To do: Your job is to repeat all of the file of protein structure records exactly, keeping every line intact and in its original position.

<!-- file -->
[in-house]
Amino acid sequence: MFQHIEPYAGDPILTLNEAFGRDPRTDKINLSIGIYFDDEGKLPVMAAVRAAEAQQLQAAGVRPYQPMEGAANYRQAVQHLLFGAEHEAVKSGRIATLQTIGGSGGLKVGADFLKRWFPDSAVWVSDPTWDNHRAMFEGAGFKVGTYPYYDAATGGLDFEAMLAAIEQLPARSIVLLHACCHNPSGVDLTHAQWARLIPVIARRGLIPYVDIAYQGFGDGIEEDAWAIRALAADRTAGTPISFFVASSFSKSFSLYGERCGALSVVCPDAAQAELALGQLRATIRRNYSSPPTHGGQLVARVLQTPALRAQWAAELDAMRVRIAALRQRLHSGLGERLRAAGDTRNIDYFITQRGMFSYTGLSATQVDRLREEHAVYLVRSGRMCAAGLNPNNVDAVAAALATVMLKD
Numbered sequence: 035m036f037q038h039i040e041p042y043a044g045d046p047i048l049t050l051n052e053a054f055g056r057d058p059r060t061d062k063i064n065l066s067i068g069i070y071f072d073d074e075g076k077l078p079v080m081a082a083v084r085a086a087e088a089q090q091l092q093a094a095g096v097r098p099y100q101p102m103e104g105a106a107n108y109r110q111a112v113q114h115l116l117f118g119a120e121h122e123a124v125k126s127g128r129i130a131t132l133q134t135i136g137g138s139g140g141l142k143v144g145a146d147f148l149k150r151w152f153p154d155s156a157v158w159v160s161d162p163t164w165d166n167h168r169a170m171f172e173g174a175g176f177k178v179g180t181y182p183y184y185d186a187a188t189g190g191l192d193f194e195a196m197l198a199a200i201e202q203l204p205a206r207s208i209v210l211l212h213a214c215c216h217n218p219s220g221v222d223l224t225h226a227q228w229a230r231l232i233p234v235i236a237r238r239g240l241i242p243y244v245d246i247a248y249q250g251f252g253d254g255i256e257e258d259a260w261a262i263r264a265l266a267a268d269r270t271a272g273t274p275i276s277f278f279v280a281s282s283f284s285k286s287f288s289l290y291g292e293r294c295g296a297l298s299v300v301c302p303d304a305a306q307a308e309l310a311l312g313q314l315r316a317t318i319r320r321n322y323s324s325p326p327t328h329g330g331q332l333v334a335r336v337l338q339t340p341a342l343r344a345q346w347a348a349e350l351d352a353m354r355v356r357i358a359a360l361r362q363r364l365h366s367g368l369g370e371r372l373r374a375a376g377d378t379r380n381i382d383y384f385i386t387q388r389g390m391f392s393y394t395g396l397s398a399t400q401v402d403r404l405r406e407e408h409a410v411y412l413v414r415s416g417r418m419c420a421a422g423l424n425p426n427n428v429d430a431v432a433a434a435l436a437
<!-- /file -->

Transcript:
[in-house]
Amino acid sequence: MFQHIEPYAGDPILTLNEAFGRDPRTDKINLSIGIYFDDEGKLPVMAAVRAAEAQQLQAAGVRPYQPMEGAANYRQAVQHLLFGAEHEAVKSGRIATLQTIGGSGGLKVGADFLKRWFPDSAVWVSDPTWDNHRAMFEGAGFKVGTYPYYDAATGGLDFEAMLAAIEQLPARSIVLLHACCHNPSGVDLTHAQWARLIPVIARRGLIPYVDIAYQGFGDGIEEDAWAIRALAADRTAGTPISFFVASSFSKSFSLYGERCGALSVVCPDAAQAELALGQLRATIRRNYSSPPTHGGQLVARVLQTPALRAQWAAELDAMRVRIAALRQRLHSGLGERLRAAGDTRNIDYFITQRGMFSYTGLSATQVDRLREEHAVYLVRSGRMCAAGLNPNNVDAVAAALATVMLKD
Numbered sequence: 035m036f037q038h039i040e041p042y043a044g045d046p047i048l049t050l051n052e053a054f055g056r057d058p059r060t061d062k063i064n065l066s067i068g069i070y071f072d073d074e075g076k077l078p079v080m081a082a083v084r085a086a087e088a089q090q091l092q093a094a095g096v097r098p099y100q101p102m103e104g105a106a107n108y109r110q111a112v113q114h115l116l117f118g119a120e121h122e123a124v125k126s127g128r129i130a131t132l133q134t135i136g137g138s139g140g141l142k143v144g145a146d147f148l149k150r151w152f153p154d155s156a157v158w159v160s161d162p163t164w165d166n167h168r169a170m171f172e173g174a175g176f177k178v179g180t181y182p183y184y185d186a187a188t189g190g191l192d193f194e195a196m197l198a199a200i201e202q203l204p205a206r207s208i209v210l211l212h213a214c215c216h217n218p219s220g221v222d223l224t225h226a227q228w229a230r231l232i233p234v235i236a237r238r239g240l241i242p243y244v245d246i247a248y249q250g251f252g253d254g255i256e257e258d259a260w261a262i263r264a265l266a267a268d269r270t271a272g273t274p275i276s277f278f279v280a281s282s283f284s285k286s287f288s289l290y291g292e293r294c295g296a297l298s299v300v301c302p303d304a305a306q307a308e309l310a311l312g313q314l315r316a317t318i319r320r321n322y323s324s325p326p327t328h329g330g331q332l333v334a335r336v337l338q339t340p341a342l343r344a345q346w347a348a349e350l351d352a353m354r355v356r357i358a359a360l361r362q363r364l365h366s367g368l369g370e371r372l373r374a375a376g377d378t379r380n381i382d383y384f385i386t387q388r389g390m391f392s393y394t395g396l397s398a399t400q401v402d403r404l405r406e407e408h409a410v411y412l413v414r415s416g417r418m419c420a421a422g423l424n425p426n427n428v429d430a431v432a433a434a435l436a437